David and I had a nice surprise today in the form of a text message from John West, saying that he had just found a Least Tern at Rotary Park! This being a state bird for both of us, we rushed down to the sweltering beach (113 F) and were happy to see the little elf still there.
Least Tern is one of several species that presumably wander to Arizona from populations along the upper Gulf of California, but are much more regular in central and southeastern Arizona than here in the LCRV. I believe there are fewer than 10 records.
I haven’t spent much time with Least Terns, especially in recent years, so it was fun to watch and study this bird. It was still quite young, with a bit of brown remaining on the scapulars and pale tips to some of the wing coverts. When it spread its wings, the white triangle on the inner wing formed from bright white outer secondaries and greater coverts and inner primaries contrasted with the rest of the wing, forming a shadow of a dark “M” pattern. Most striking, of course, was the diminutive size. A rare Snowy Plover was on the beach with it; the two were about the same size, but I would guess the Snowy Plover was heavier. The Least Tern was dwarfed by Forster’s Terns and Killdeer, and it may as well have been a speck of sand next to a Caspian Tern.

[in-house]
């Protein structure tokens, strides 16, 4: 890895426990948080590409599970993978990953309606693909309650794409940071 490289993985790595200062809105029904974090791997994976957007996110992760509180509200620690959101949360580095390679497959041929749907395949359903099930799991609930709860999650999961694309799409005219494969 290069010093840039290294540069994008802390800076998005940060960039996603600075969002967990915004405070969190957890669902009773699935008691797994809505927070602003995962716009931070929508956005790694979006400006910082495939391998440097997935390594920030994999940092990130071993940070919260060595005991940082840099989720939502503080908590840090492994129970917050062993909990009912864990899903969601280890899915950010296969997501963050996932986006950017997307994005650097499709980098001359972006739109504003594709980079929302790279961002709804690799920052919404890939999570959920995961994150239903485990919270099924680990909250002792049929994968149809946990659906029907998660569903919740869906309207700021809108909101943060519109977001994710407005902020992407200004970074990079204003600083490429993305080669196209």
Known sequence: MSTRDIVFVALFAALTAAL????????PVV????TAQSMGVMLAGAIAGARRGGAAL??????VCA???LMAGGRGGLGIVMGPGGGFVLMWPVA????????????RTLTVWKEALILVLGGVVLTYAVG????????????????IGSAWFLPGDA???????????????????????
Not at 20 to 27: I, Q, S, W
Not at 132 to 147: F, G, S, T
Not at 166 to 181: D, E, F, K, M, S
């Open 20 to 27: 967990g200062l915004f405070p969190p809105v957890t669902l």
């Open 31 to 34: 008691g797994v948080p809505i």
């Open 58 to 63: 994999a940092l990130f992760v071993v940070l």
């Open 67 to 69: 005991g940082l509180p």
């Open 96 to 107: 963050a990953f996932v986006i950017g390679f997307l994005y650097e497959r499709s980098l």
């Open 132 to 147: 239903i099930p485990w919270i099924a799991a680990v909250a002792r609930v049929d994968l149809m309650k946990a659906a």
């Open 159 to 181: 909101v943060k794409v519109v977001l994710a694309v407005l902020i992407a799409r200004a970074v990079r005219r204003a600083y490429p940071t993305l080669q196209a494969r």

The light wasn’t great, but I took a video of the bird loafing on the beach. (I recommend changing the quality to high def.) Check out the size comparison with a diminutive Snowy Plover!
John got some great photos before we arrived, but David got some too.
Pingback: Caspian terns and other Gambian coastal birds | Dear Kitty. Some blog
Pingback: Tanji beach birds, Gambia | Dear Kitty. Some blog